> Ailuropoda melanoleuca
Ailuropoda melanoleuca (Giant Panda)
The panda (Ailuropoda melanoleuca, "black and white cat-foot"), also known as the giant panda to distinguish it from the unrelated red panda, is a bear native to central-western and south western China. It is easily recognized by the large, distinctive black patches around its eyes, over the ears, and across its round body. Though it belongs to the order Carnivora, the panda's diet is 99% bamboo.
The giant panda is enormously charismatic, and is usually the 'main attraction' in zoos and other institutions where captive individuals are held. Sadly, this striking species has suffered greatly in the wild due to human encroachment onto its disappearing habitat. Pandas feed almost exclusively on bamboo, and need to eat vast quantities to meet their energy requirements. Despite extensive protective measures, pandas are being forced into smaller and increasingly isolated pockets of habitat where there is often insufficient bamboo to support the declining populations. Only a few thousand giant pandas survive in the wild.
Uniqueness Scale: Similiar (0)
Uniqueness & Vulnerability Scale: Similiar & Secure (0)
Unique & Vulnerable (100)
|Adult Weight  ||259.04 lbs (117.50 kg)|
|Birth Weight  ||110 grams|
|Female Maturity  ||6 years|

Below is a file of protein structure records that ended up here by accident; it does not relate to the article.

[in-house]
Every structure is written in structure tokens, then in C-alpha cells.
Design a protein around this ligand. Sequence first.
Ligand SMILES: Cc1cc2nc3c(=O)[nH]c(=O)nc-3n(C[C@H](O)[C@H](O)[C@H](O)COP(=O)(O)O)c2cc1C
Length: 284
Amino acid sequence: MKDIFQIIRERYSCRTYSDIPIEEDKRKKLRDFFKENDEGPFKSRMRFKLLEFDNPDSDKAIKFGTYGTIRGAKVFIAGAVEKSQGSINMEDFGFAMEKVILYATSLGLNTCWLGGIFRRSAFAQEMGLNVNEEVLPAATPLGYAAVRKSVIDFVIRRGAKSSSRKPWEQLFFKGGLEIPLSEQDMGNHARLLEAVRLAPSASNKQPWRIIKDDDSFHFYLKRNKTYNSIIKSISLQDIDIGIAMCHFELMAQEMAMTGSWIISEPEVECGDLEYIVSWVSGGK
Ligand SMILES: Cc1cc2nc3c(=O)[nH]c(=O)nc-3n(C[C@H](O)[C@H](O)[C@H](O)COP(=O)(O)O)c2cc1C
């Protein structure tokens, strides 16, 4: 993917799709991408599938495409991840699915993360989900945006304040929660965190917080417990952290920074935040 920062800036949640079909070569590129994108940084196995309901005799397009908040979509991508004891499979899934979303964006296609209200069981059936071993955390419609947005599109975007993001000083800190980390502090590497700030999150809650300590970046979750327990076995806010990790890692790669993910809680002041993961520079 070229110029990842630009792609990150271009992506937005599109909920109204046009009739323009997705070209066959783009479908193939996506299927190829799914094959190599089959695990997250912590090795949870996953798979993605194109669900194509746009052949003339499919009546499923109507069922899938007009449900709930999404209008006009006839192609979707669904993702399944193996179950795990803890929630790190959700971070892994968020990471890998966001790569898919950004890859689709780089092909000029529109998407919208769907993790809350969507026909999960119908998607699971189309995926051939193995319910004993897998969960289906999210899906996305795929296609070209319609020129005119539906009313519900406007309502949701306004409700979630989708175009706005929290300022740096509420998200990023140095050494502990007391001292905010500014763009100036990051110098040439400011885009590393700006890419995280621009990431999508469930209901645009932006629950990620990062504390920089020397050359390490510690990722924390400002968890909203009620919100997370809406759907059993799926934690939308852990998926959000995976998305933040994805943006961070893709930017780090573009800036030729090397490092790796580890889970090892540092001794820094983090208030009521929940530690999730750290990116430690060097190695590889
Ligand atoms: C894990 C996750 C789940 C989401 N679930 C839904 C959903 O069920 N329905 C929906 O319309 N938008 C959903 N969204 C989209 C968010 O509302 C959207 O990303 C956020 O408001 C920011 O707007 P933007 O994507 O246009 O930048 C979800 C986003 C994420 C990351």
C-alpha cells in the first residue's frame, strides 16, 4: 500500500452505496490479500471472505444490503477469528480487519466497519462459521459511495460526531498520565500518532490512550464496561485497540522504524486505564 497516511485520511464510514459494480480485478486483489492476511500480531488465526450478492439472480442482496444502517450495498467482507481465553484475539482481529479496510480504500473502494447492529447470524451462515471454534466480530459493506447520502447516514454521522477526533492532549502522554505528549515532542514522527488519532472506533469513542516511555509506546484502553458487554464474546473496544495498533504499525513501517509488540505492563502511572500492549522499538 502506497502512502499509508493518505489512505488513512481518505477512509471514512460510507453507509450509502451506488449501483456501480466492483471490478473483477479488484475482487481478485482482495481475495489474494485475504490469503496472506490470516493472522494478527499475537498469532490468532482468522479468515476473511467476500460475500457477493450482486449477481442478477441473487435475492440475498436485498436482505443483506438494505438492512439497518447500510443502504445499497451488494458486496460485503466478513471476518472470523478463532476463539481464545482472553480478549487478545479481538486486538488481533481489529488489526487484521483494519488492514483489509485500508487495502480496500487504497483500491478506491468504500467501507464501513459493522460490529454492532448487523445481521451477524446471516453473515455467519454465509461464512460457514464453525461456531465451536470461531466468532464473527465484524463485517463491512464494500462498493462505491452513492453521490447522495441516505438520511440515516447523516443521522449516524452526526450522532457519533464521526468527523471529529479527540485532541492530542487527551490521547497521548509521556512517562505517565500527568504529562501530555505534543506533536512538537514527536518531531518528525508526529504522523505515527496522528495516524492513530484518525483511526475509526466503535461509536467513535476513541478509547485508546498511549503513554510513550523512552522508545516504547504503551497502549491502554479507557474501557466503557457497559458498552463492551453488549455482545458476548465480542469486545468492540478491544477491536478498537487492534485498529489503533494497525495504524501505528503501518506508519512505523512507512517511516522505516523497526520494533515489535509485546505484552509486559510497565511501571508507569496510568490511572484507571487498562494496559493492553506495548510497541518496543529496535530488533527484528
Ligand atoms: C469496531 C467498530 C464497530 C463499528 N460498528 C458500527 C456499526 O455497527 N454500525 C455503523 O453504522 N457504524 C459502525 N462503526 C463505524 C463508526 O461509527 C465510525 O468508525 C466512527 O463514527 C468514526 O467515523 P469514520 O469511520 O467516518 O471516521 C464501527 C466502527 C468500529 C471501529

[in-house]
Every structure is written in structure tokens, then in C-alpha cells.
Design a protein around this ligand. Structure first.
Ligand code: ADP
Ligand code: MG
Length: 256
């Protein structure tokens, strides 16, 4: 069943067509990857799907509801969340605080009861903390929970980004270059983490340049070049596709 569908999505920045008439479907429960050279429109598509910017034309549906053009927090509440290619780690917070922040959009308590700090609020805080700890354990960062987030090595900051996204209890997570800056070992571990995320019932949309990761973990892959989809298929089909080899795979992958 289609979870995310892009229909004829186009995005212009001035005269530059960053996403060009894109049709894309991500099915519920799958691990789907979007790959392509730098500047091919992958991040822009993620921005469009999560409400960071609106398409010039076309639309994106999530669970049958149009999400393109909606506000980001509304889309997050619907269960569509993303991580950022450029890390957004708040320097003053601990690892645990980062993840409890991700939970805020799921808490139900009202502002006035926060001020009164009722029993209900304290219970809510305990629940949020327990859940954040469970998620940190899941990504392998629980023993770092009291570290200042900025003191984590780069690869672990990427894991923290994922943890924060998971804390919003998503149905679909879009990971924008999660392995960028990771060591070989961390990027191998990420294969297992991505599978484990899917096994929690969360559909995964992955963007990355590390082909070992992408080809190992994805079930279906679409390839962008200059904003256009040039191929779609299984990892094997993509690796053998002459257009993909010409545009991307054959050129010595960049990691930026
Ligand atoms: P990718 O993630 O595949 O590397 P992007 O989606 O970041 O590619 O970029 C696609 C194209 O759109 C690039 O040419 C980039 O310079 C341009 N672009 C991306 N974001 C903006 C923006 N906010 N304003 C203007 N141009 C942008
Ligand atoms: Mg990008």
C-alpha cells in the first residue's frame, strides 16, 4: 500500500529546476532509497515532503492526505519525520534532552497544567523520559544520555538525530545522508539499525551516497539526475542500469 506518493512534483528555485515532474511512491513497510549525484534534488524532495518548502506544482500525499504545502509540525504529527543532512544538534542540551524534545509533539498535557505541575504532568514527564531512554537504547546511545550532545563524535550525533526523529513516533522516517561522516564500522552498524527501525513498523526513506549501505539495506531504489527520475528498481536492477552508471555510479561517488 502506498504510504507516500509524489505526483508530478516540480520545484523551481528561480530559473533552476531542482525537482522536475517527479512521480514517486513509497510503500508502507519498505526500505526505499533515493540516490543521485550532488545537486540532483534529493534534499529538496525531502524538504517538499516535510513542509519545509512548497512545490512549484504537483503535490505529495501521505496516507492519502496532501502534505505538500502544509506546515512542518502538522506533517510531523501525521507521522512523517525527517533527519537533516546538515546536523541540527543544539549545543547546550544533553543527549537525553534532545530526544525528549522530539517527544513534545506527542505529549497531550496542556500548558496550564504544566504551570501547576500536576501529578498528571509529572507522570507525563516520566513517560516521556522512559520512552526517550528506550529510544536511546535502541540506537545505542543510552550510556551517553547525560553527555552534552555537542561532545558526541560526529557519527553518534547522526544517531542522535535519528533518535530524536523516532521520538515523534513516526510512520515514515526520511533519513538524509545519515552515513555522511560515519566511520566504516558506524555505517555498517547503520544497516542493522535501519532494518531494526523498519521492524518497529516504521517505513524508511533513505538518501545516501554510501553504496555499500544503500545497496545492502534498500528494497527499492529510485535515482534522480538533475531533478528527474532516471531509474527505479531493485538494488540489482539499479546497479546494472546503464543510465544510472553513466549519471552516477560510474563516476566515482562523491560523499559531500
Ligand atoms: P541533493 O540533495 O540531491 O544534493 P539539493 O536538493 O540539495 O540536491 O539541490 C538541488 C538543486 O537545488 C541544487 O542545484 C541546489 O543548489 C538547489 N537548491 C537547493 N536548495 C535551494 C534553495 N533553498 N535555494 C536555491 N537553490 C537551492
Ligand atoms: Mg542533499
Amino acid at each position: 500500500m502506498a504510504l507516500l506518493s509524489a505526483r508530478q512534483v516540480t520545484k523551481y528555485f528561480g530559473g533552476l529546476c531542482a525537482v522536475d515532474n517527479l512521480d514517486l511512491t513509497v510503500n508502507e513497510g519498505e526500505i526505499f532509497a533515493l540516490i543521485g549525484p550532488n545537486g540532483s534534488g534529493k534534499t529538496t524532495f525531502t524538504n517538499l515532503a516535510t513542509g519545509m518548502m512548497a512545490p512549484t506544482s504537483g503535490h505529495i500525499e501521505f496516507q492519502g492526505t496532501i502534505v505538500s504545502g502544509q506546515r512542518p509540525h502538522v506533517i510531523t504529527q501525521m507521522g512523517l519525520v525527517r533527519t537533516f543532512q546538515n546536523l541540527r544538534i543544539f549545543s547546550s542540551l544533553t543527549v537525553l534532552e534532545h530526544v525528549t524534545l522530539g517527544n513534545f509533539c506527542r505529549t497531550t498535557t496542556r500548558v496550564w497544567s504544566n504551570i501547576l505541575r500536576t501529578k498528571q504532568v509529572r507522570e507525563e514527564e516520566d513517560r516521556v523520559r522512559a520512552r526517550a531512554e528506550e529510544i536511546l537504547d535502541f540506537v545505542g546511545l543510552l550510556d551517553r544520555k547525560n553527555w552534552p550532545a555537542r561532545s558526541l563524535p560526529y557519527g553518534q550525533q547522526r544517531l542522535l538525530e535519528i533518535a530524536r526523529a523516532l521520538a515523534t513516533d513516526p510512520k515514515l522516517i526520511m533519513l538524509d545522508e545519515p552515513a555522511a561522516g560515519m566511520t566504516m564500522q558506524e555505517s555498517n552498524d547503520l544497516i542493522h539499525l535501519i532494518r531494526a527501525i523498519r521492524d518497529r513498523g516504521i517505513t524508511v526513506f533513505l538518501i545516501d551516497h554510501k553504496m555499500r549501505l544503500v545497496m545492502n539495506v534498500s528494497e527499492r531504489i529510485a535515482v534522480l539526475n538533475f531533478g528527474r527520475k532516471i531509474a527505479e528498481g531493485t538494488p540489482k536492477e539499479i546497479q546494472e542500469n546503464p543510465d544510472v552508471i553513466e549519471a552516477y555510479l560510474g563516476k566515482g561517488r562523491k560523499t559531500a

|Male Maturity  ||6 years|
|Diet  ||Herbivore|
|Gestation  ||48 days|
|Litter Size  ||2|
|Litters / Year  ||1|
|Maximum Longevity  ||37 years|
|Nocturnal  ||Yes|
|Weaning  ||6 months 2 days|
Institutions (Zoos, etc.)
|Play / Pause||Volume|
San Diego Zoo's Pandacam
Hours: - ( - )
Species recognized by Wozencraft W.C., 2007-08-15, in
Endangered Status provided by IUCN 2012. IUCN Red List of Threatened Species. Version 2012.2 <www.iucnredlist.org
> Downloaded on 11 April 2013.
Attributes / relations provided by ♦ 1
de Magalhaes, J. P., and Costa, J. (2009) A database of vertebrate longevity records and their relation to other life-history traits.
Journal of Evolutionary Biology 22(8):1770-1774 ♦ 2
Myers, P., R. Espinosa, C. S. Parr, T. Jones, G. S. Hammond, and T. A. Dewey. 2006. The Animal Diversity Web (online). Accessed February 01, 2010 at animaldiversity.org ♦ 3The Giant Pandas of the Qinling Mountains, China: a Case Study in Designing Conservation Landscapes for Elevational Migrants
, COLBY J. LOUCKS, LÜ ZHI, ERIC DINERSTEIN, WANG DAJUN, FU DALI,
AND WANG HAO, Conservation Biology, Pages 558565 Volume 17, No. 2, April 2003 ♦ 4Clonal regeneration of an arrow bamboo, Fargesia qinlingensis, following giant panda herbivory
, Wei Wang, Scott B. Franklin, John R. Ouellette, Plant Ecol (2007) 192:97106 ♦ 5
Gibson, D. I., Bray, R. A., & Harris, E. A. (Compilers) (2005). Host-Parasite Database
of the Natural History Museum, London ♦ 6International Flea Database
Ecoregions provided by World Wide Fund For Nature (WWF). WildFinder: Online database of species distributions, ver. 01.06 gis.wwfus.org/wildfinder
Protected Areas provided by Le Saout, S., Hoffmann, M., Shi, Y., Hughes, A., Bernard, C., Brooks, T.M., Bertzky, B., Butchart, S.H.M., Stuart, S.N., Badman, T. & Rodrigues, A.S.L. (2013) Protected areas and effective biodiversity conservation
. Science, 342, 803–805 ♦ Biological Inventories of the World's Protected Areas
in cooperation between the Information Center for the Environment
at the University of California, Davis
and numerous collaborators
Range map provided by IUCN (International Union for Conservation of Nature), Conservation International & NatureServe.